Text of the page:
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Abstract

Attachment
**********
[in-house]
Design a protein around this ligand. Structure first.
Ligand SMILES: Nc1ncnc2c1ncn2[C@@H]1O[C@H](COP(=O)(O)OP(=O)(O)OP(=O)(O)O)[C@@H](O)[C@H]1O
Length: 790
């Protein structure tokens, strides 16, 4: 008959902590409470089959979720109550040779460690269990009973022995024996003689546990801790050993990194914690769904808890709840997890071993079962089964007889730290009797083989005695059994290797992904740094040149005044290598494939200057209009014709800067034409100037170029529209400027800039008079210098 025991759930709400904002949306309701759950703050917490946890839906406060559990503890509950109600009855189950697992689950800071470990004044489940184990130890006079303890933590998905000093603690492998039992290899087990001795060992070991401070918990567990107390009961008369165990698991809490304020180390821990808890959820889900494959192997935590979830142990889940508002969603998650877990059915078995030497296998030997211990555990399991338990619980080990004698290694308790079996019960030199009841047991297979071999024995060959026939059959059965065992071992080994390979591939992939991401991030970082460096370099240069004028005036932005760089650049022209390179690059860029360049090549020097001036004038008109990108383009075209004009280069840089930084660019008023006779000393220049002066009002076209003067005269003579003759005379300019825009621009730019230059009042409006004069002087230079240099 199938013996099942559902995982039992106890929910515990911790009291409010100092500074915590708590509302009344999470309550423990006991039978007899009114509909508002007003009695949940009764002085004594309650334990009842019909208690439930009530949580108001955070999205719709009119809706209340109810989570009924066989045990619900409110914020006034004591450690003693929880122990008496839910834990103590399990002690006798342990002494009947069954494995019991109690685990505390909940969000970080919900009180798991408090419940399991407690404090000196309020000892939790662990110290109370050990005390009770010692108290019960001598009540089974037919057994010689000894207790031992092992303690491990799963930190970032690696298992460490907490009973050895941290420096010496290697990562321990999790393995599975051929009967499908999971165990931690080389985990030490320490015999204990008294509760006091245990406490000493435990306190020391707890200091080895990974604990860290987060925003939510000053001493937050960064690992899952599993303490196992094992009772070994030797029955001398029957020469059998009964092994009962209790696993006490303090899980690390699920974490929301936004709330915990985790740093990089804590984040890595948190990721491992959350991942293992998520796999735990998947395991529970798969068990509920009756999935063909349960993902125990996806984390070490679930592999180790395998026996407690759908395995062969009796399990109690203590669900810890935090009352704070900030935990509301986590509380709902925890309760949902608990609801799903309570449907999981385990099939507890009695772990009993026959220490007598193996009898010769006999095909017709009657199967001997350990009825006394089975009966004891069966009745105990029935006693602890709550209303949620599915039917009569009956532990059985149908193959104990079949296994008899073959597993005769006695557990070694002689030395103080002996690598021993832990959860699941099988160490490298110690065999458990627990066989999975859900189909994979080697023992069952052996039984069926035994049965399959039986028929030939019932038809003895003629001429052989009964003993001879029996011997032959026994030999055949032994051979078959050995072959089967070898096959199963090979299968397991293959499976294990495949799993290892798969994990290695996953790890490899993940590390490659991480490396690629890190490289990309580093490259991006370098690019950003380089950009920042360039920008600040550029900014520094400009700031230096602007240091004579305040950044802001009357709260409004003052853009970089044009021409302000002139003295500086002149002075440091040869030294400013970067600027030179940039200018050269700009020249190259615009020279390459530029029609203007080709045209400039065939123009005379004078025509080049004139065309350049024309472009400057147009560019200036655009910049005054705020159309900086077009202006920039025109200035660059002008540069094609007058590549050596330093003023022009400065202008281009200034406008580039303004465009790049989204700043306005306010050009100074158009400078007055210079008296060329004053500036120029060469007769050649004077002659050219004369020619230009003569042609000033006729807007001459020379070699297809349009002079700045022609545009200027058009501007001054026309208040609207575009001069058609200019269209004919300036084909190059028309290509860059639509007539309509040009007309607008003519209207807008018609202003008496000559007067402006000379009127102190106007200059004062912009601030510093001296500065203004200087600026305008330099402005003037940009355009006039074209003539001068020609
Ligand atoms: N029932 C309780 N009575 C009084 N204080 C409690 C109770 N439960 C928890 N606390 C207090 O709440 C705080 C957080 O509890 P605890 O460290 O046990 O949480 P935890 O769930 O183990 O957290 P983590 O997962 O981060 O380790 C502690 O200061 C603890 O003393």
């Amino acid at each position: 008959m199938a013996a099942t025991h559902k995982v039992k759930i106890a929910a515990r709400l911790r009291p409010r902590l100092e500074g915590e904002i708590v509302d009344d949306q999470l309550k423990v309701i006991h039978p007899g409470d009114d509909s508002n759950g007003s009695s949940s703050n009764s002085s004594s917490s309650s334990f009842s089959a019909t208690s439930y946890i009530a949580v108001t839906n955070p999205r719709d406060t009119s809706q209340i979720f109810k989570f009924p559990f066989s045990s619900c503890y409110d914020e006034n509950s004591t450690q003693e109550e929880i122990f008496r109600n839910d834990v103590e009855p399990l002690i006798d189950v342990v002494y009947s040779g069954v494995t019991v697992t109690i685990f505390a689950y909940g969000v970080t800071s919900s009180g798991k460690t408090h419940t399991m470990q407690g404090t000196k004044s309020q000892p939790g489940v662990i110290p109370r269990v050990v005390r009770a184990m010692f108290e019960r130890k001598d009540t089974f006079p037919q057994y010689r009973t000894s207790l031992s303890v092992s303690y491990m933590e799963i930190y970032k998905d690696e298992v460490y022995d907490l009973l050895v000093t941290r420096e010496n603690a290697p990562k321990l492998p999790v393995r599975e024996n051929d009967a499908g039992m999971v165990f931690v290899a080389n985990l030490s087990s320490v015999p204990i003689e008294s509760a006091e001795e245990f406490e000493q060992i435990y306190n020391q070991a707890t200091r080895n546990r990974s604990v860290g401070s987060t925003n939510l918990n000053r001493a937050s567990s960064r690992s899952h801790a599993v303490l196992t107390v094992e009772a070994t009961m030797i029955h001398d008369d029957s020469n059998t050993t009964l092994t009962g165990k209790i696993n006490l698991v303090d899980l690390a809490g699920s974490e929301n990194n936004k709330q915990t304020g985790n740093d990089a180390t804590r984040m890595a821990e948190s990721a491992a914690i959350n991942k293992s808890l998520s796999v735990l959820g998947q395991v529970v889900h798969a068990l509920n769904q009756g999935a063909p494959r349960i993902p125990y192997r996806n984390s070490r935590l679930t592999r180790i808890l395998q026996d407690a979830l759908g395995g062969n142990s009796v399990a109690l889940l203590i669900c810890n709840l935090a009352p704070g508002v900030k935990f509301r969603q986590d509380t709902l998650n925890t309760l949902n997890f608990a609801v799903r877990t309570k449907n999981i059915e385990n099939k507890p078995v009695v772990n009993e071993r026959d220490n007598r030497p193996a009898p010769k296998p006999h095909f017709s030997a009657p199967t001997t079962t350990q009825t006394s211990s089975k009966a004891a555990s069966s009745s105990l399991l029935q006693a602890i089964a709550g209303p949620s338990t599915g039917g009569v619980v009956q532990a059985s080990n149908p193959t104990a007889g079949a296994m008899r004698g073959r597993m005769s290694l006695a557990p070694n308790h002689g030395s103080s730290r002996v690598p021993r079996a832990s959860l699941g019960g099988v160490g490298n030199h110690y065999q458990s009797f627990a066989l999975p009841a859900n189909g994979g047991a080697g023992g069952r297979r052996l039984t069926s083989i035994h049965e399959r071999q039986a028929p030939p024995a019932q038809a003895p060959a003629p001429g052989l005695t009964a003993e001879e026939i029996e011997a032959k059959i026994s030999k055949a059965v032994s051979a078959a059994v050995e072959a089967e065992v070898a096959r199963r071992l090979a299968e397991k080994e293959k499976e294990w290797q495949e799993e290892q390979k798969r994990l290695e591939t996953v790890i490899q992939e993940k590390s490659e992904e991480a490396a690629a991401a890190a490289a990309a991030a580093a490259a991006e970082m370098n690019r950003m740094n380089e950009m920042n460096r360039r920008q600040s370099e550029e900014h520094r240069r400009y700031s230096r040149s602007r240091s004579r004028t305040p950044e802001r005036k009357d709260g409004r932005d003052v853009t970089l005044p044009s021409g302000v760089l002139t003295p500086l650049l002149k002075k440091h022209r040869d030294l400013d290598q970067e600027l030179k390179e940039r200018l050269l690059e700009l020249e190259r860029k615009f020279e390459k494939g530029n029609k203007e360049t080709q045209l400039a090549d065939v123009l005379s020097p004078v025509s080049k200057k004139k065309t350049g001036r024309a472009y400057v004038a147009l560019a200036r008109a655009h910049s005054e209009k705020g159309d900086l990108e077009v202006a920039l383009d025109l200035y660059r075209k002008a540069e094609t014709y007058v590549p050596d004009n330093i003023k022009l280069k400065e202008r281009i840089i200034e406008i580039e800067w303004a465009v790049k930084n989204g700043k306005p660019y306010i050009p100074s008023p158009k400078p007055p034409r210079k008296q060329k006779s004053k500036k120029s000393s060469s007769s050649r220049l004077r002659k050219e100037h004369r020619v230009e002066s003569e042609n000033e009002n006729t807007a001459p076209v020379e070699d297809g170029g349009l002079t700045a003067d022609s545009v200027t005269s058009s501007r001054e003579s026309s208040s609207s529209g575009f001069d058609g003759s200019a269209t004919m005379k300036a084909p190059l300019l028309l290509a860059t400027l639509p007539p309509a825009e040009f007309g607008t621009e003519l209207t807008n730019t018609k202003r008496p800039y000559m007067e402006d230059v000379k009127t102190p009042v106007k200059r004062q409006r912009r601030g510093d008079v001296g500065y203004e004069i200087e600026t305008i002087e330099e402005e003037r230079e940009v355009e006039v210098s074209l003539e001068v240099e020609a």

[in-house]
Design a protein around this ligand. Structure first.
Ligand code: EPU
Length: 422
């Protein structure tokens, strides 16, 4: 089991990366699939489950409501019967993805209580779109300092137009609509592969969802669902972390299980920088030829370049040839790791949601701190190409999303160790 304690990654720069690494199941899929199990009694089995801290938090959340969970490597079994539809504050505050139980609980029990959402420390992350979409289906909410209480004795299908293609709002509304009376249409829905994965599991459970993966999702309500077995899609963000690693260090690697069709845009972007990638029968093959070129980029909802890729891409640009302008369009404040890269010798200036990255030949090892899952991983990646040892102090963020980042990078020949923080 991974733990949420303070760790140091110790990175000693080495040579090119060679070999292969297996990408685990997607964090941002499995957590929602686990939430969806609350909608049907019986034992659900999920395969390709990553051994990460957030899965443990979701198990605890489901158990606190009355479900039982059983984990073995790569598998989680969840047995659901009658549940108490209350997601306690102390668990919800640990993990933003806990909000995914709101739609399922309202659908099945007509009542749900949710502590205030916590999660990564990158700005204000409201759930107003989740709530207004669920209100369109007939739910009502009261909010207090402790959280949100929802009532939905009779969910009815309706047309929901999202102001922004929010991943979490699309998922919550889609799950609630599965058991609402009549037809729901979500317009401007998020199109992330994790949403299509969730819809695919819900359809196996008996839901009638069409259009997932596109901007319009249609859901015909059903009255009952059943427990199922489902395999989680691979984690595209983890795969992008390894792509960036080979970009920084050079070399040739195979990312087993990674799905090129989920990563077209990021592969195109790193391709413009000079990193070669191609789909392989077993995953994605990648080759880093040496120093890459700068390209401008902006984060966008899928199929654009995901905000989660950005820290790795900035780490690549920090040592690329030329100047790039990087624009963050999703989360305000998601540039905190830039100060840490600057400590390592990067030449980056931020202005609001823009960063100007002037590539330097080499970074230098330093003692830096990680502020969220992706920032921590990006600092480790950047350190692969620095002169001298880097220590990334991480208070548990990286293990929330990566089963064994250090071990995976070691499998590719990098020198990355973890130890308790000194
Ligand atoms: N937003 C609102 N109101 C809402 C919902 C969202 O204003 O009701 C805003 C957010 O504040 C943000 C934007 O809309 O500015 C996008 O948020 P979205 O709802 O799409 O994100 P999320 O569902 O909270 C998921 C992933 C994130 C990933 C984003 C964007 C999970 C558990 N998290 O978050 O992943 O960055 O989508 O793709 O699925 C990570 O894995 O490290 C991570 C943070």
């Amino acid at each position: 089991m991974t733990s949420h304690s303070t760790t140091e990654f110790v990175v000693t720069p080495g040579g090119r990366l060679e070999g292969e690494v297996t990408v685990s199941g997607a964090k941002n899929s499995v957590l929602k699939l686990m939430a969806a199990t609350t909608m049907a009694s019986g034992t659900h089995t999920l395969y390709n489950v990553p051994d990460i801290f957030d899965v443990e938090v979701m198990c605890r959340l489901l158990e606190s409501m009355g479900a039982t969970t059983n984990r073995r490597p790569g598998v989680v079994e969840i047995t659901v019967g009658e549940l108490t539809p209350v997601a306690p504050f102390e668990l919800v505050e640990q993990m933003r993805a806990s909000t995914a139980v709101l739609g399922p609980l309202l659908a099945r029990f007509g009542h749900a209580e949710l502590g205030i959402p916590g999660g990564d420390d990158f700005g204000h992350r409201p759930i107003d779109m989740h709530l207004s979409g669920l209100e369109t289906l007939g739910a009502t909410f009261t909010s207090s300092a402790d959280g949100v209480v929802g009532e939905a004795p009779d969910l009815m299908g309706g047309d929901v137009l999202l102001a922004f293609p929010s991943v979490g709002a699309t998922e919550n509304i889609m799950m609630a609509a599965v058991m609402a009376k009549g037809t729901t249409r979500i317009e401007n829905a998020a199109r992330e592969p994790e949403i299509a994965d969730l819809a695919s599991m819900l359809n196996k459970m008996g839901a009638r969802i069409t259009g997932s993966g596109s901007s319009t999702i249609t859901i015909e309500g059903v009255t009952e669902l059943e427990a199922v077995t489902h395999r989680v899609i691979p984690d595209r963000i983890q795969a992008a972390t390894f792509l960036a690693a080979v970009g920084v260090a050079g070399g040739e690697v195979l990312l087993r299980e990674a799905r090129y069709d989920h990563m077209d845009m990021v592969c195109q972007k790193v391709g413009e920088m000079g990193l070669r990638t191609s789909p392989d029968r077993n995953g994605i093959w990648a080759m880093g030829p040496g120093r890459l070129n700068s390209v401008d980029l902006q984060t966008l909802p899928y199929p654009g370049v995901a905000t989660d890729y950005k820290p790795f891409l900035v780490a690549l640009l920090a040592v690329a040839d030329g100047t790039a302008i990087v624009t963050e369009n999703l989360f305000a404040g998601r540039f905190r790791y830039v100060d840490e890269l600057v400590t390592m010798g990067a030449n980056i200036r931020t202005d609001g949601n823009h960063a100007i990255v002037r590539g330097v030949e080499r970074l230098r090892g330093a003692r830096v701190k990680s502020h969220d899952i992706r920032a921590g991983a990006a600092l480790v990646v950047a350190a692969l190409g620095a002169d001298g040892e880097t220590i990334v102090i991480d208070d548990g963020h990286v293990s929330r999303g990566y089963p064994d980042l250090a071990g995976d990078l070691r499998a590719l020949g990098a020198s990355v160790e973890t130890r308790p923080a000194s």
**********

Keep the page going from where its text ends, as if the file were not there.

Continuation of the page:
Under near zero US interest rates, the international dollar standard malfunctions. Emerging markets (EM) with naturally higher interest rates are swamped with hot money inflows. EM central banks intervene to prevent their currencies from rising precipitately. They lose monetary control and begin inflating. Primary commodity prices rise worldwide unless interrupted by an international banking crisis. This inflation on the dollar's periphery only registers in the US core consumer price index (CPI) with a long lag. The zero interest rate policy also fails to stimulate the US economy as domestic financial intermediation by banks and money market mutual funds is undermined.